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Michelangelo
Buonarroti

Italia 
1475−1564
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Michelangelo Buonarroti (Italian: Michelangelo di Lodovico di Leonardo di Buonarroti Simoni, March 6, 1475, Caprese - February 18, 1564, Rome) - an outstanding Italian painter, sculptor, architect, thinker and poet, a vivid representative of the Renaissance and early Baroque. The work of Michelangelo Buonarroti was highly appreciated by his contemporaries and became an example of high art for many followers of the master, as well as representatives of other movements. Evidence of respect for Michelangelo is his biography, which was published during the life of the master.

Features of creativity: equally combining the talent of a sculptor, painter and thinker, Buonarroti created masterpieces filled with hidden passion - all of them were dedicated to the beauty of a person, both physical and spiritual. The sculptural and pictorial works of Michelangelo Buonarroti are characterized by dramatic images, plasticity and, at the same time, the complexity of the characters' poses, monumentalism and the diversity of images. The madrigals and sonnets belonging to his pen are examples of poetic art and are devoted to such philosophical topics as happiness, love, loneliness. Some of them, even during the lifetime of a genius, were put to music; Michelangelo's poems inspired composers from different eras up to our time.

Famous works of Michelangelo Buonarroti: fresco painting of the Sistine Chapel, including the mural "The Last Judgment", Fresco"Crucifixion of St. Peter", Picture"Madonna Doni", A statue of David, sculpture"Pieta", Sculptural decoration of the chapel of the Medici family, relief"Battle of the centaurs".

Becoming a genius

The boy's father was an impoverished Florentine nobleman from the family of small bankers. As the second son in a large family, the young Michelangelo from a young age met with the harsh reality: his father gave him to raise a nurse, because funds for the maintenance of a large family were sorely lacking. There Buonarroti learned to work with clay and learned the basics of handling a cutter. After some time, the boy was sent to school, but he was more interested in the drawing lessons that he received, communicating with artists and redrawing murals and icons in the church.

Michelangelo Buonarroti's first serious artwork was a drawing made from an engraving by Shongauer while studying in the workshop of the Ghirlandaio brothers. At first, the young man made a copy from the engraving, and then painted a picture from her, enlarged in size and painted it with paints. According to the recollections of one of the students, Michelangelo specially went to the fish ranks to examine in detail the structure of the fins, fish tails and other elements, and then transfer what he saw on paper.

After studying in the workshop for a year, Buonarroti went to an art school opened by Lorenzo Medici. Here, in addition to painting, he began to learn the secrets of sculptural art. Entering the Medici house, Buonarroti had the opportunity to get acquainted with a luxurious collection that included not only the works of Masaccio, Donatello, Giotto, but also ancient authors. What he saw had a huge impact on the subsequent work of Michelangelo Buonarroti: he realized that sculpture and painting significantly differ from each other not only in form, but also in internal content. If a painter, painting a picture, captures what he sees on the canvas, supplementing it with his inner emotions, then the sculptor relies primarily on his inner vision and gives the stone block the corresponding shape.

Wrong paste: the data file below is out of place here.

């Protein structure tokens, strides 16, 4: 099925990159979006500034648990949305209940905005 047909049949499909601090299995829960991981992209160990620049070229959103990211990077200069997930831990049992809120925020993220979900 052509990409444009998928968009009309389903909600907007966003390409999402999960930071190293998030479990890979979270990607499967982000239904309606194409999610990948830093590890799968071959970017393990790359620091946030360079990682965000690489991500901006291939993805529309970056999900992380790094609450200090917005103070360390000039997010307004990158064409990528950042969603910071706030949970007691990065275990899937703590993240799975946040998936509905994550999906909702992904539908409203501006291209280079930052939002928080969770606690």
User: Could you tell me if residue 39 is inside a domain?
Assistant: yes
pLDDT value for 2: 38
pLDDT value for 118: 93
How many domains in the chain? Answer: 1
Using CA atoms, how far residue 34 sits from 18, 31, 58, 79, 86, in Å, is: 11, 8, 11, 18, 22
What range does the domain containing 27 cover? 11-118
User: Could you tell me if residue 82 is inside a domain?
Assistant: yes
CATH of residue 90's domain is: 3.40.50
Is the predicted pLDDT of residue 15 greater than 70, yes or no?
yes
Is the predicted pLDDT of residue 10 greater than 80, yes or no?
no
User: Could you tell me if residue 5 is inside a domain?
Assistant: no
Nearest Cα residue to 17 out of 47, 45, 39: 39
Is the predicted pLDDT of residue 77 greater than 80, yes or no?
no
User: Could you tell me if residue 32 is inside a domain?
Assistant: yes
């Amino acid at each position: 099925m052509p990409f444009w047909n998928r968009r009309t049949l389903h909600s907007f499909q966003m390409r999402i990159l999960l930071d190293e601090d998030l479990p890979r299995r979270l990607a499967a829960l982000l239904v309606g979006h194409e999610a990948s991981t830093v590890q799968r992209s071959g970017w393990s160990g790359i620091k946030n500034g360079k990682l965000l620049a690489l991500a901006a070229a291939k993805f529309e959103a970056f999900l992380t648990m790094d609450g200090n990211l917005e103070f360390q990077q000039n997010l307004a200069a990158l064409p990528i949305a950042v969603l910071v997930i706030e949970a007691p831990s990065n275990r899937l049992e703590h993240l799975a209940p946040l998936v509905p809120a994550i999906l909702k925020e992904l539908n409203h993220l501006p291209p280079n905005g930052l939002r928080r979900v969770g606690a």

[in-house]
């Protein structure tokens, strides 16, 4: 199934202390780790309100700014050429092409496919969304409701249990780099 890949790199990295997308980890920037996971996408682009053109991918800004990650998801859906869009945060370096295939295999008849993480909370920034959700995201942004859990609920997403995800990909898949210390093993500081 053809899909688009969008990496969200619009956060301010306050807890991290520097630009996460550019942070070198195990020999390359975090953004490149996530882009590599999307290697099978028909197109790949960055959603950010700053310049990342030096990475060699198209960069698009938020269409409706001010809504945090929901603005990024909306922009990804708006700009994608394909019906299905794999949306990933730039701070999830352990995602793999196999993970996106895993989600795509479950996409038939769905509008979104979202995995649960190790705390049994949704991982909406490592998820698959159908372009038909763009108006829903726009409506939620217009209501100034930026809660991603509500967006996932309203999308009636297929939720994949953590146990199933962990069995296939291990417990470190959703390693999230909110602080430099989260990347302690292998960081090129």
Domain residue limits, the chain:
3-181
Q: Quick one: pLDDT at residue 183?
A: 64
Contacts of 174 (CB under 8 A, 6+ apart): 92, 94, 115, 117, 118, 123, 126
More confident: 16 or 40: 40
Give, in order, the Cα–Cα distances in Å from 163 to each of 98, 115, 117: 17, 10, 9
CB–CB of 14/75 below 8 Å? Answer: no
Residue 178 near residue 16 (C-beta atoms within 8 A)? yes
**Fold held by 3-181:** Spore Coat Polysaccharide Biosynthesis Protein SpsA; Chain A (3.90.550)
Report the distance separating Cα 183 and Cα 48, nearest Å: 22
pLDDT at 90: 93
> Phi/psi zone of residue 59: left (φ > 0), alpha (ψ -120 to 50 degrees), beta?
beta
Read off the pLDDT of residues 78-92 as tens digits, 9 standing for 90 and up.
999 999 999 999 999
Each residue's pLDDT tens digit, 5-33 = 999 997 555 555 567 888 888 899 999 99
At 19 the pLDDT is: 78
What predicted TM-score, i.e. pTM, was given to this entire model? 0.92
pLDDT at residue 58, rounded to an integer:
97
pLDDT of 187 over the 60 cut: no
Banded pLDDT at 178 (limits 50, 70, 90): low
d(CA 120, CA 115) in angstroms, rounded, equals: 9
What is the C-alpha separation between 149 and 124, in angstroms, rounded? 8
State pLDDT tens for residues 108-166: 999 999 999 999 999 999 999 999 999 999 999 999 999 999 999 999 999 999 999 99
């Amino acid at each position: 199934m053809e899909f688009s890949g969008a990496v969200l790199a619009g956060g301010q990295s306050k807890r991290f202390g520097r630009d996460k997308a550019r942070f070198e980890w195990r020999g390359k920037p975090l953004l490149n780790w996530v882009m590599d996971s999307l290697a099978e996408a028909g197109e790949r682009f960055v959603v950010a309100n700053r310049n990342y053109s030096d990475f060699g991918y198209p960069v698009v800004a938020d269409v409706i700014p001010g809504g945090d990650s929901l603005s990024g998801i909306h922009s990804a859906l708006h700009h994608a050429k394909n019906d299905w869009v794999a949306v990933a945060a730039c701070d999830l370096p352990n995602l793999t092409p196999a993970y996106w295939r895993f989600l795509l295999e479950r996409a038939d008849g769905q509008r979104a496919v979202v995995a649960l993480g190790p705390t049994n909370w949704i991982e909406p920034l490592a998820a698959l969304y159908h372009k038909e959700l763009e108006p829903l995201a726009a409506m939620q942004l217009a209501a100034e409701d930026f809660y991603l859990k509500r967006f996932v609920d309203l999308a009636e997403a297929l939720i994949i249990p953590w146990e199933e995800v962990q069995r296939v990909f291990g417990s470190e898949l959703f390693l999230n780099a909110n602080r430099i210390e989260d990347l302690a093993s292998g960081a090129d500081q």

After receiving a decent art education, Buonarroti began to travel around the country. He received orders from representatives of the high society and the clergy: among his customers were Pope Julius II, Cardinal Riario, Pope Leo X, Pope Paul III, etc. Michelangelo Buonarroti paints, paints chapels with frescoes, and creates sculptural compositions to this day. remain unsurpassed masterpieces of world art.

Michelangelo Buonarroti Paintings

The paintings painted by this unsurpassed genius are very few: he preferred to create murals and sculptural compositions. Only a few paintings by Michelangelo Buonarroti have survived to this day, among them - "Madonna Doni","Coffin"," Manchester Madonna "and" The Torment of St. Anthony "(authorship of the last two is in doubt). Art critics also know the names of paintings that were lost for one reason or another: it is Venus and Cupid, Leda and the Swan, and the Battle of Kashin.

In addition to paintings, Michelangelo Buonarroti made many drawings and sketches: “Phaethon Fall","The Crucifixion","Titium","Cleopatra","Madonna and Child". All art lovers know the frescoes painted by him on the vaults of the Sistine Chapel, as well as the frescoes “The Last Judgment”, “Crucifixion of St. Peter"," Appeal ap. Paul "and others.

Sculptures of Michelangelo Buonarroti

The most famous sculpture of Michelangelo is the statue of David, which he created at the age of 26 years. In addition, among the sculptures of Michelangelo Buonarroti, preserved to this day, there are such masterpieces as Pieta, The Dying Slave, Moses, Madonna of the Medici, Risen Slave, a series of sculptures for the Medici chapel symbolizing four times days, as well as bas-reliefs "Madonna at the Stairs", "Tondo Pitti", "Battle of the Centaurs", etc.

Today, the works of Michelangelo Buonarroti adorn the Louvre, the Cathedral of St. Petra at the Vatican, the Metropolitan Museum of Art in New York, the Florentine Academy of Fine Arts, as well as other museums and art galleries.

Exhibitions

All exhibitions of the artist
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